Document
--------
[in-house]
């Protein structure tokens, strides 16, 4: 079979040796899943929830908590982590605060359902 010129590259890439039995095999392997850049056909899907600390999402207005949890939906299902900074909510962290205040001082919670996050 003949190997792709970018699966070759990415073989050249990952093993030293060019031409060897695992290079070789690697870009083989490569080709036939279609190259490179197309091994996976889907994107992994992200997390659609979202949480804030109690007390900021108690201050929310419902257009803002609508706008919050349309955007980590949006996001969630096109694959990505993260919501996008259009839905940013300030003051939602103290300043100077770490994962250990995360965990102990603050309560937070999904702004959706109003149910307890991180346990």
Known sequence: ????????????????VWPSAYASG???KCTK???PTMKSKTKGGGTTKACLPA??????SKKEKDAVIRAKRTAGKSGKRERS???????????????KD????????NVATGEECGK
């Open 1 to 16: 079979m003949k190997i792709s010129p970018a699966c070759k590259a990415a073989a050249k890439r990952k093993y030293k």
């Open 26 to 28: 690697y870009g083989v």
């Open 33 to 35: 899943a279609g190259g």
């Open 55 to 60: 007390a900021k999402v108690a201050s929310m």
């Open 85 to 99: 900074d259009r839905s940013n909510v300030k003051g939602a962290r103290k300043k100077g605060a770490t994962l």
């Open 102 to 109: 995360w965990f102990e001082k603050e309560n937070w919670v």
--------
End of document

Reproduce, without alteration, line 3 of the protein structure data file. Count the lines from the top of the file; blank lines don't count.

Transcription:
Known sequence: ????????????????VWPSAYASG???KCTK???PTMKSKTKGGGTTKACLPA??????SKKEKDAVIRAKRTAGKSGKRERS???????????????KD????????NVATGEECGK